Conquering My Comfort Zone Constraints

I am often grateful that I married a fellow introvert. I have an accomplice who is just as uncomfortable as I am in social situations, who gives me an easy out when I don’t want to do something – because he doesn’t want to, either. Nowadays, of course, having kids is a good excuse, too. Kids aren’t invited? Darn, well then I guess I won’t go.

But then there are times when I have no excuse. Like my husband is working, and I have to take my kids somewhere. After having two boys, I told Thomas that he was in charge of getting them into sports and whatnot. And then you know what? He got a job working nights, so who has to take the kids to their events? Me. I’m the mom that no one else knows. Part of it is because I’m chasing my toddler and don’t have time to socialize, but even if I didn’t have him, I would likely be sitting in my chair, reading a book.

It’s always a fight for me. I try to be polite; I really do. And when I get to know you, you might not guess that I’m an introvert because I can come out of my shell and be friendly. But talk in front of a group of people? Make a phone call to someone I don’t know? Stand at the front of the church and sing a solo? This is the stuff of nightmares for me.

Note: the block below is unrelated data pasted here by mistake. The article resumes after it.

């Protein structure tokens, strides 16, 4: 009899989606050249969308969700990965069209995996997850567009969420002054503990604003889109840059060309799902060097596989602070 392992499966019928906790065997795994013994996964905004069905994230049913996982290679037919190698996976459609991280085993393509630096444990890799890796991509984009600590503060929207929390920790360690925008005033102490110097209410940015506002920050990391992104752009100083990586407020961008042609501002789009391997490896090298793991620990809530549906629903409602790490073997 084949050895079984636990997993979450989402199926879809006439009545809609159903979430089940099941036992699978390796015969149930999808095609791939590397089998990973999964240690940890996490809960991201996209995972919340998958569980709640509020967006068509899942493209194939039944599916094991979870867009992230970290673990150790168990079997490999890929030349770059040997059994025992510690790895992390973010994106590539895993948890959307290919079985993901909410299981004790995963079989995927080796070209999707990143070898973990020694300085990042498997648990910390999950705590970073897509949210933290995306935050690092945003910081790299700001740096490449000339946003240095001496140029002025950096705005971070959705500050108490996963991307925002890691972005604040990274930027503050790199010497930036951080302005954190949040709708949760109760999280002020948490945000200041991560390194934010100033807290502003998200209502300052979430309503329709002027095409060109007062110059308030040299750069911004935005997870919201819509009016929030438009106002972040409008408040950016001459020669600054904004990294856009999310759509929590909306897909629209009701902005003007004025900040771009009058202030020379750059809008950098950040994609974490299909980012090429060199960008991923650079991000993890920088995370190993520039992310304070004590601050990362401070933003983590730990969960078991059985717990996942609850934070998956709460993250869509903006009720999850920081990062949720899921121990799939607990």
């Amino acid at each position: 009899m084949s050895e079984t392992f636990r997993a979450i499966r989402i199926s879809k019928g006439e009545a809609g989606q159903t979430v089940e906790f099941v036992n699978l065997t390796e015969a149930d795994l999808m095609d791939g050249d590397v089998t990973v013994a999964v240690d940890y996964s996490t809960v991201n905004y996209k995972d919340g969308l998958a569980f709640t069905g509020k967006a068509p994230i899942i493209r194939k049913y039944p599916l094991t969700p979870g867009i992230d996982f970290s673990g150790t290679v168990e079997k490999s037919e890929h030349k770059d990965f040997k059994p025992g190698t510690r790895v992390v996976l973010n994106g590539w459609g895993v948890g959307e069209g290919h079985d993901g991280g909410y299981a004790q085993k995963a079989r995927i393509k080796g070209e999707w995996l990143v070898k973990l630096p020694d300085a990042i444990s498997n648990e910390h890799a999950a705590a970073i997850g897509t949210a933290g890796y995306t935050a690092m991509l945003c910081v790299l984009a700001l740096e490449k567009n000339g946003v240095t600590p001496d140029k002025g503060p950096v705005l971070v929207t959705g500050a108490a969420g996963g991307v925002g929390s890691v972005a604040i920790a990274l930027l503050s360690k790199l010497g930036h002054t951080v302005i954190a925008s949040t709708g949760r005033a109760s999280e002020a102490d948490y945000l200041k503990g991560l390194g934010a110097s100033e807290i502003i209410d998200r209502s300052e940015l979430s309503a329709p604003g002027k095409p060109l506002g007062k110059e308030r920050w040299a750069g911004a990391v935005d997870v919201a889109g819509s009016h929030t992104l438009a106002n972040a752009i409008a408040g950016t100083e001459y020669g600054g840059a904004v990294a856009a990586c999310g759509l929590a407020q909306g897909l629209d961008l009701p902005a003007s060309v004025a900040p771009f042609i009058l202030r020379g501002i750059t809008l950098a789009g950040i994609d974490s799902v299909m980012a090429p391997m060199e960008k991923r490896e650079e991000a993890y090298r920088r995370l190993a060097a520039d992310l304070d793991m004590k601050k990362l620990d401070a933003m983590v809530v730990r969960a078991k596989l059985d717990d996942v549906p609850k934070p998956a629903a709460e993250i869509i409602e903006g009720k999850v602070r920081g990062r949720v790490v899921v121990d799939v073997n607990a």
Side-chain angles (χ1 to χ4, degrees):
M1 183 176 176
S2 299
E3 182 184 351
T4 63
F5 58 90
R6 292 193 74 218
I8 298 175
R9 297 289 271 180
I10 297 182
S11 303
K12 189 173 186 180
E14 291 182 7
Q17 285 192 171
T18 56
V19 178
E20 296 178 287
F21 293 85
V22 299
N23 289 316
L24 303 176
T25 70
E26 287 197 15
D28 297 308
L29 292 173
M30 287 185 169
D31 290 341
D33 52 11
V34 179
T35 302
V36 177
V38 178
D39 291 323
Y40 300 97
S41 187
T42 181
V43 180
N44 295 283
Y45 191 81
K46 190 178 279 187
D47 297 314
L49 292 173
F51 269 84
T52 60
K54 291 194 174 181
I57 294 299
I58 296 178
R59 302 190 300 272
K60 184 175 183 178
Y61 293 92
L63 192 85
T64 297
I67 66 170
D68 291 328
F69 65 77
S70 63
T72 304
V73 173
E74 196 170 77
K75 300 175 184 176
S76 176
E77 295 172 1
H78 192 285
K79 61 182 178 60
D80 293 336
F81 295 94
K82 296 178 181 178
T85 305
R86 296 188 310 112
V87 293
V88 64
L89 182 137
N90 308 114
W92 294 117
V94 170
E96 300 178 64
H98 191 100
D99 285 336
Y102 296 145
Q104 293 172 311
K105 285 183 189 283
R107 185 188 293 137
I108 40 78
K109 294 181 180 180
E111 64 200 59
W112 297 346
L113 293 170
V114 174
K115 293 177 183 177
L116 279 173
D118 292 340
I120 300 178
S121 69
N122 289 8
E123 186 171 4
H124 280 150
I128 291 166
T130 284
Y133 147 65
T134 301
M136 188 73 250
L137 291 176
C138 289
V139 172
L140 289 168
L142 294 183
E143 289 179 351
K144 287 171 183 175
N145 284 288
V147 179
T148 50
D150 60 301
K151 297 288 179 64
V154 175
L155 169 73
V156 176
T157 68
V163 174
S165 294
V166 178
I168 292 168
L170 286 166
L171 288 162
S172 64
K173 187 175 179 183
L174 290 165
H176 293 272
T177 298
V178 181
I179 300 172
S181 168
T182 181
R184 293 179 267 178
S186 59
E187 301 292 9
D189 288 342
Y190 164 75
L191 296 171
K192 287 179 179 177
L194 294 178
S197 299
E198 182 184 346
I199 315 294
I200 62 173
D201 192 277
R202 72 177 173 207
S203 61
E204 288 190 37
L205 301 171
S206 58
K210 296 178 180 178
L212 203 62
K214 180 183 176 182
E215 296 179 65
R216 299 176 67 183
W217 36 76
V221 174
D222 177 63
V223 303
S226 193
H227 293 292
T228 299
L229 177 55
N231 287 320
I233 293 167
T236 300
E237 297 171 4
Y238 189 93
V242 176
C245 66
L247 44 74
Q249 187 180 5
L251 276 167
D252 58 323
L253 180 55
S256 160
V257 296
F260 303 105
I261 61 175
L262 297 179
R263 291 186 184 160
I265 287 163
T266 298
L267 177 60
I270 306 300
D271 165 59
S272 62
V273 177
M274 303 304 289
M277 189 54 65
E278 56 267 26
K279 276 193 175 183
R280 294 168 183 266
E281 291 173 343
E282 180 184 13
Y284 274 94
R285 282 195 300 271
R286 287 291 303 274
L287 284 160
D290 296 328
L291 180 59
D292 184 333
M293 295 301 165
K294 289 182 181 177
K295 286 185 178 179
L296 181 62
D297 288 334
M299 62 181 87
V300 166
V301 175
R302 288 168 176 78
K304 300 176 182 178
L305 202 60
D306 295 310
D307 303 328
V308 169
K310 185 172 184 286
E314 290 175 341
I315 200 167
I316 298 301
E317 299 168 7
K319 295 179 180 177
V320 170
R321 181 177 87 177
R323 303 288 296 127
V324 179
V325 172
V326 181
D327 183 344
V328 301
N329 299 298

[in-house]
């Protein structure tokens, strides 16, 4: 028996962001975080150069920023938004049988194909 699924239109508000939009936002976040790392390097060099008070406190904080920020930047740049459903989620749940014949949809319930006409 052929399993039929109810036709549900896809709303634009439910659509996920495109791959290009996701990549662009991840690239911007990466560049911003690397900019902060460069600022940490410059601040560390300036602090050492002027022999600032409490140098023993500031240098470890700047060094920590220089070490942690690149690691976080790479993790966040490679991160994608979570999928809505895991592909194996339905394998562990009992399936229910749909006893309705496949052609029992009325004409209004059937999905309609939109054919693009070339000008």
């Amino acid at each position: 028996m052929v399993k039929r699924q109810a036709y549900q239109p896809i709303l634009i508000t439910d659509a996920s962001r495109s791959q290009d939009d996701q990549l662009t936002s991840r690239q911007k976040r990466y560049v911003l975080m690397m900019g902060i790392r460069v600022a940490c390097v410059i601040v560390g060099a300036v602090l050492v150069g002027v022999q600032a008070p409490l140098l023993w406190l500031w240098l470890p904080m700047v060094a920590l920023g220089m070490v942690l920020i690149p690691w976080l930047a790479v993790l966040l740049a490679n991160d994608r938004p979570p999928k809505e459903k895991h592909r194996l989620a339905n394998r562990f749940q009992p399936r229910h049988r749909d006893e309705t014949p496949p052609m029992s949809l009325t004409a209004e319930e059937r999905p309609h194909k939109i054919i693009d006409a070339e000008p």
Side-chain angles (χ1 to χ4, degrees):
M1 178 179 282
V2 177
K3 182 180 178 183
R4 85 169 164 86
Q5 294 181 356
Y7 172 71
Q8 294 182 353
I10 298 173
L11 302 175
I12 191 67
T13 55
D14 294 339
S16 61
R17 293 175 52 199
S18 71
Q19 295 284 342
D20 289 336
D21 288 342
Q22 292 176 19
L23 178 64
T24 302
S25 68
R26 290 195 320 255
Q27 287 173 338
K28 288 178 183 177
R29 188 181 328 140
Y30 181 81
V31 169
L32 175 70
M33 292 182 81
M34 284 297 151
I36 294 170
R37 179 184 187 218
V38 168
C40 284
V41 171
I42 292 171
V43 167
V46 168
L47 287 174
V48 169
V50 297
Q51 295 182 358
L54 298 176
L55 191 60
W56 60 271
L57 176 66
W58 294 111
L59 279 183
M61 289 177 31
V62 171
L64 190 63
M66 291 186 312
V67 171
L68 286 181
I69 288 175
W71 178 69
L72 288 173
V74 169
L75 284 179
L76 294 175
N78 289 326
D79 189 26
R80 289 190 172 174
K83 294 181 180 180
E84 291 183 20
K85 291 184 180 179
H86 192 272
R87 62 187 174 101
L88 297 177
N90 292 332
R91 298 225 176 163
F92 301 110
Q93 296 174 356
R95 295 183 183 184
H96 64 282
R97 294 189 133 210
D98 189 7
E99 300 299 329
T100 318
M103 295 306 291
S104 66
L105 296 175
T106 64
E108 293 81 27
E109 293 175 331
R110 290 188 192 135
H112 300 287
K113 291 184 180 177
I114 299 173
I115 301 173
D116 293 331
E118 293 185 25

“You know why that is, right?” a friend said to me. “It’s because you don’t do it enough.”

Uh-uh. Nope. I played in plenty of piano recitals. I daydreamed about getting up there and wowing everyone with my talents. But in reality, my stomach churned, my hands trembled, and my mind became a blank. It’s always been a battle. But it’s one that I’m glad I’ve fought. Otherwise, I might still be sitting on my parents’ couch, lonely and wondering where I’d gone wrong.

Thank goodness for the people in my life who have intervened. In high school, when I was overweight and sensitive and recovering from a number of friendships that ended in backstabbing and typical teenage ugliness, I spent a year homeschooling and avoiding my peers. My family finally forced me to get involved with musical theatre, promising me that I would love it once I tried it.

You could not imagine a more awkward or shy girl as I went to that first rehearsal. I knew no one and had no idea how to strike up a conversation with total strangers. But it turns out that new people aren’t completely evil and scary. Not only did I make some life-long friends, but I even met my husband.